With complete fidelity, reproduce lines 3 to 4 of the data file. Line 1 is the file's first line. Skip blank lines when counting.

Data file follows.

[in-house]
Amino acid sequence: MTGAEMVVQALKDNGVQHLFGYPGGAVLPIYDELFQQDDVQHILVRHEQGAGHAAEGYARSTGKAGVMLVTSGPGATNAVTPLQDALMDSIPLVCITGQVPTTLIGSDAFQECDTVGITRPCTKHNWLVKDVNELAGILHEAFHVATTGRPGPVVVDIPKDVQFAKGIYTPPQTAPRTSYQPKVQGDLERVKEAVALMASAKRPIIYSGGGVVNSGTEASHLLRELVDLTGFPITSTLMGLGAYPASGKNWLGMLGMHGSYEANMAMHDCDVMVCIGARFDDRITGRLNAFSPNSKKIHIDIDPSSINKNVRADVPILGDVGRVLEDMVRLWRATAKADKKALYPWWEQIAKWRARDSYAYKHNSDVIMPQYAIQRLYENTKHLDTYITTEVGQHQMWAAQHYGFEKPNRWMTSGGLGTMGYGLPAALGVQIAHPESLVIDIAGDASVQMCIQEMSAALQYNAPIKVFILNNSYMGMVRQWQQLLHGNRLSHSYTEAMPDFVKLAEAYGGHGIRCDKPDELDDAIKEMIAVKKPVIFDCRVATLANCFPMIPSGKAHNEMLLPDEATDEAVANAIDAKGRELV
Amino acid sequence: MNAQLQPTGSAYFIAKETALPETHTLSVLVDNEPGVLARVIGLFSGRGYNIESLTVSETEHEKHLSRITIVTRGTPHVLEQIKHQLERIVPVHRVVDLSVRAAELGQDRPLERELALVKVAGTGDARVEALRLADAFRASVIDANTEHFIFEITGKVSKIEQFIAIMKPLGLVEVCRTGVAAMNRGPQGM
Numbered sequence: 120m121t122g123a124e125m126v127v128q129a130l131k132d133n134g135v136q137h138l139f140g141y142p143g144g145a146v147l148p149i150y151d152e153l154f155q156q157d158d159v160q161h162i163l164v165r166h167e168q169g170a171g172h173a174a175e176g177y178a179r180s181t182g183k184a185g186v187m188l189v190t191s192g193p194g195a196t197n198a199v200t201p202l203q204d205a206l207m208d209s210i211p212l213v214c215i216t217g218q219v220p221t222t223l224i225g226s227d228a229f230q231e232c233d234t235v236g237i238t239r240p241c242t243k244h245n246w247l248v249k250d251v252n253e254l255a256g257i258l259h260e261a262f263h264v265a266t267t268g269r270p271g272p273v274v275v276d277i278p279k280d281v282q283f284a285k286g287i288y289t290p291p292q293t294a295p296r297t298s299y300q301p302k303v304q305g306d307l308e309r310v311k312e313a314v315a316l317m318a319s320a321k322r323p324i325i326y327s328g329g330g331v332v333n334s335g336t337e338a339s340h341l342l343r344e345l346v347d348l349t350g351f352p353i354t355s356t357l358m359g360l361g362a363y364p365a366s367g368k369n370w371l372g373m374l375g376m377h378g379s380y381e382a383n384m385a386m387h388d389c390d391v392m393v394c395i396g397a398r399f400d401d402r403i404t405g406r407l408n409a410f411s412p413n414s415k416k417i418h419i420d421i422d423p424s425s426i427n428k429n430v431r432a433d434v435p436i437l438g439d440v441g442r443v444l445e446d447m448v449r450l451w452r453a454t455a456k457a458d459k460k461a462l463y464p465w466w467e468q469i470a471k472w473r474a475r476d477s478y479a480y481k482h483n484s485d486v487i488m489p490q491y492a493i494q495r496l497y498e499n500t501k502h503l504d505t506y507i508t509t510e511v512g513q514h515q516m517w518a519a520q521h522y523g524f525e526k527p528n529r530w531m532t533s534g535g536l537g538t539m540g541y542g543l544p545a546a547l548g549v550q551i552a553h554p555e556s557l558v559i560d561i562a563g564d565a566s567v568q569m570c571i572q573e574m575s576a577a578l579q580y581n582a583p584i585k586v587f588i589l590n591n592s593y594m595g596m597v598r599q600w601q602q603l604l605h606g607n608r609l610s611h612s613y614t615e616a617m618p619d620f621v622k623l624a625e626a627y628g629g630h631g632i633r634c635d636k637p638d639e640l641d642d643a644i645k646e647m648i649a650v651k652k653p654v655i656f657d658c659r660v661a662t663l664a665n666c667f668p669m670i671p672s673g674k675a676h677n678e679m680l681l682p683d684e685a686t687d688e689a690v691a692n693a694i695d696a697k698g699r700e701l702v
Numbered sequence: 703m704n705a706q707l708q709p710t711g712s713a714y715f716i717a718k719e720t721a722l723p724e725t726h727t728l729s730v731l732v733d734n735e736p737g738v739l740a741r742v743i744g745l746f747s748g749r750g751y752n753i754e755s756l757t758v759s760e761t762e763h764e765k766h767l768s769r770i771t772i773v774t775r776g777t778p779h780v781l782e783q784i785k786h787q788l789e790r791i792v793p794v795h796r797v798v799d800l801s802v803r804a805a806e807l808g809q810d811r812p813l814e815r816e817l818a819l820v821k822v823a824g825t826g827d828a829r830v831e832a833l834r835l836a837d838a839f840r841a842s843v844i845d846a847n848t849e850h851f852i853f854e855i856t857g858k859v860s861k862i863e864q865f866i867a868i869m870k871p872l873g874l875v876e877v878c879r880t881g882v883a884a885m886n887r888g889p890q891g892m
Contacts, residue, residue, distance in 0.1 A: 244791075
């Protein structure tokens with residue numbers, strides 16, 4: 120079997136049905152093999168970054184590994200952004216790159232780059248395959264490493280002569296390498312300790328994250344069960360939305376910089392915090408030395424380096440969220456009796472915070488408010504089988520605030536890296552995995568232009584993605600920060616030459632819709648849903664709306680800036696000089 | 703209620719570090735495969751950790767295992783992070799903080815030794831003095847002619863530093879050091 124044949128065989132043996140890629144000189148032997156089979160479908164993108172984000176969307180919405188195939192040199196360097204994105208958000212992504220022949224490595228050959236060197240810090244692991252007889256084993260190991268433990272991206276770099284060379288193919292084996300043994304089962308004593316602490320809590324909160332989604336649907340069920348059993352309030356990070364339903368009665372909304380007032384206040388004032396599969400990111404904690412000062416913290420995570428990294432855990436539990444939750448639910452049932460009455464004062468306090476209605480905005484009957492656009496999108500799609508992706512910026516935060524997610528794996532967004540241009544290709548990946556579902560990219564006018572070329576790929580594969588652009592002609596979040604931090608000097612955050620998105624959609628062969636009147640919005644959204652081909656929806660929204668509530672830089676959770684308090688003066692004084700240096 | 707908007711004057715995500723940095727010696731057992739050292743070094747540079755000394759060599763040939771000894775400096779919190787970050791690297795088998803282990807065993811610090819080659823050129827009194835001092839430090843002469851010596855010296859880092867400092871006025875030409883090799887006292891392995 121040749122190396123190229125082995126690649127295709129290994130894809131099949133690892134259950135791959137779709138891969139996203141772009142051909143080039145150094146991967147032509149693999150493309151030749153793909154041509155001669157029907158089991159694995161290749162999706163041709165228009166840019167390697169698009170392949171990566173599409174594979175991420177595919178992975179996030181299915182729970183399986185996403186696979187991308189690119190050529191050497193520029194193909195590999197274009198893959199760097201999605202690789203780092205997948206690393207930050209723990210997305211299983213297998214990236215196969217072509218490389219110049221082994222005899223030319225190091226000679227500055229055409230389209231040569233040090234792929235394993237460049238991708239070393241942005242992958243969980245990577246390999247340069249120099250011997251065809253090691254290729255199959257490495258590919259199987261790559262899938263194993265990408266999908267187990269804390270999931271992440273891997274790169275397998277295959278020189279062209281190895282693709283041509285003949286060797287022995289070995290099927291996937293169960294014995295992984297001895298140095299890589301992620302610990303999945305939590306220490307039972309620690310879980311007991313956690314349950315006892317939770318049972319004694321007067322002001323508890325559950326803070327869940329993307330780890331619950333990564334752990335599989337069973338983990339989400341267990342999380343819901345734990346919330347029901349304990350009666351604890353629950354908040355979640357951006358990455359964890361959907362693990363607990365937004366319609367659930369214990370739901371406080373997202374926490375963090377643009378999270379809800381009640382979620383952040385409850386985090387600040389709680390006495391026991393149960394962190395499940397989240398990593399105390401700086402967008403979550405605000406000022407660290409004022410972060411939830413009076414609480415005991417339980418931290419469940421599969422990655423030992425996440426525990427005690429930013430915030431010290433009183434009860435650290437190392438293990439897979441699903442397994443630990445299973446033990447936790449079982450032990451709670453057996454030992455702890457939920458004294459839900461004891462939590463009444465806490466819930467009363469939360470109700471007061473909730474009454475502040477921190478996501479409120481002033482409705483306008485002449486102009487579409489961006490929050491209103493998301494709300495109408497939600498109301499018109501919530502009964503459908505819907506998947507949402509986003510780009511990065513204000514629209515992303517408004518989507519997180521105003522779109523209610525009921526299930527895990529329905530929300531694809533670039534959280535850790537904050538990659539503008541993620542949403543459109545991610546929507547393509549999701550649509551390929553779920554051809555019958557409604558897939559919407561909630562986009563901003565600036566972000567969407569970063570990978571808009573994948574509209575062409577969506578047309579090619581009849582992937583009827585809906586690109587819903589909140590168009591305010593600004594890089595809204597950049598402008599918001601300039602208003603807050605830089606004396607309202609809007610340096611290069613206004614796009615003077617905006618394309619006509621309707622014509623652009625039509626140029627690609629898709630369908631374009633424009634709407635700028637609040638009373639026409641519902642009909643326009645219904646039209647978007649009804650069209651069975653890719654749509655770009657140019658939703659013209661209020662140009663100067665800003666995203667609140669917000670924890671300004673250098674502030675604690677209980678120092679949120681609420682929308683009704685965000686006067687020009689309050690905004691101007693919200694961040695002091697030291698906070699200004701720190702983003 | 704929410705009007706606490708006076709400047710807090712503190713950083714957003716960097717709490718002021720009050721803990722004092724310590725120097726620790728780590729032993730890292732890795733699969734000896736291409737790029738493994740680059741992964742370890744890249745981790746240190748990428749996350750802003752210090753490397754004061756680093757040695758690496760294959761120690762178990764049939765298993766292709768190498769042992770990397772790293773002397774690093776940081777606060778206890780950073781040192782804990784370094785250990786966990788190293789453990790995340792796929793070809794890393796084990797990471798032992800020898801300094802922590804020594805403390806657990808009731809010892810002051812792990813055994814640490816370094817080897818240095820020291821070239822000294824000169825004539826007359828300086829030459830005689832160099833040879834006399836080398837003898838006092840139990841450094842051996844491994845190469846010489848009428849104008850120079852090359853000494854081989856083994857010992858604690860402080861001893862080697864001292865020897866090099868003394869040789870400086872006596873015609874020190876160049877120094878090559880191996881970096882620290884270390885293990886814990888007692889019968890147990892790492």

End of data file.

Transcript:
Amino acid sequence: MNAQLQPTGSAYFIAKETALPETHTLSVLVDNEPGVLARVIGLFSGRGYNIESLTVSETEHEKHLSRITIVTRGTPHVLEQIKHQLERIVPVHRVVDLSVRAAELGQDRPLERELALVKVAGTGDARVEALRLADAFRASVIDANTEHFIFEITGKVSKIEQFIAIMKPLGLVEVCRTGVAAMNRGPQGM
Numbered sequence: 120m121t122g123a124e125m126v127v128q129a130l131k132d133n134g135v136q137h138l139f140g141y142p143g144g145a146v147l148p149i150y151d152e153l154f155q156q157d158d159v160q161h162i163l164v165r166h167e168q169g170a171g172h173a174a175e176g177y178a179r180s181t182g183k184a185g186v187m188l189v190t191s192g193p194g195a196t197n198a199v200t201p202l203q204d205a206l207m208d209s210i211p212l213v214c215i216t217g218q219v220p221t222t223l224i225g226s227d228a229f230q231e232c233d234t235v236g237i238t239r240p241c242t243k244h245n246w247l248v249k250d251v252n253e254l255a256g257i258l259h260e261a262f263h264v265a266t267t268g269r270p271g272p273v274v275v276d277i278p279k280d281v282q283f284a285k286g287i288y289t290p291p292q293t294a295p296r297t298s299y300q301p302k303v304q305g306d307l308e309r310v311k312e313a314v315a316l317m318a319s320a321k322r323p324i325i326y327s328g329g330g331v332v333n334s335g336t337e338a339s340h341l342l343r344e345l346v347d348l349t350g351f352p353i354t355s356t357l358m359g360l361g362a363y364p365a366s367g368k369n370w371l372g373m374l375g376m377h378g379s380y381e382a383n384m385a386m387h388d389c390d391v392m393v394c395i396g397a398r399f400d401d402r403i404t405g406r407l408n409a410f411s412p413n414s415k416k417i418h419i420d421i422d423p424s425s426i427n428k429n430v431r432a433d434v435p436i437l438g439d440v441g442r443v444l445e446d447m448v449r450l451w452r453a454t455a456k457a458d459k460k461a462l463y464p465w466w467e468q469i470a471k472w473r474a475r476d477s478y479a480y481k482h483n484s485d486v487i488m489p490q491y492a493i494q495r496l497y498e499n500t501k502h503l504d505t506y507i508t509t510e511v512g513q514h515q516m517w518a519a520q521h522y523g524f525e526k527p528n529r530w531m532t533s534g535g536l537g538t539m540g541y542g543l544p545a546a547l548g549v550q551i552a553h554p555e556s557l558v559i560d561i562a563g564d565a566s567v568q569m570c571i572q573e574m575s576a577a578l579q580y581n582a583p584i585k586v587f588i589l590n591n592s593y594m595g596m597v598r599q600w601q602q603l604l605h606g607n608r609l610s611h612s613y614t615e616a617m618p619d620f621v622k623l624a625e626a627y628g629g630h631g632i633r634c635d636k637p638d639e640l641d642d643a644i645k646e647m648i649a650v651k652k653p654v655i656f657d658c659r660v661a662t663l664a665n666c667f668p669m670i671p672s673g674k675a676h677n678e679m680l681l682p683d684e685a686t687d688e689a690v691a692n693a694i695d696a697k698g699r700e701l702v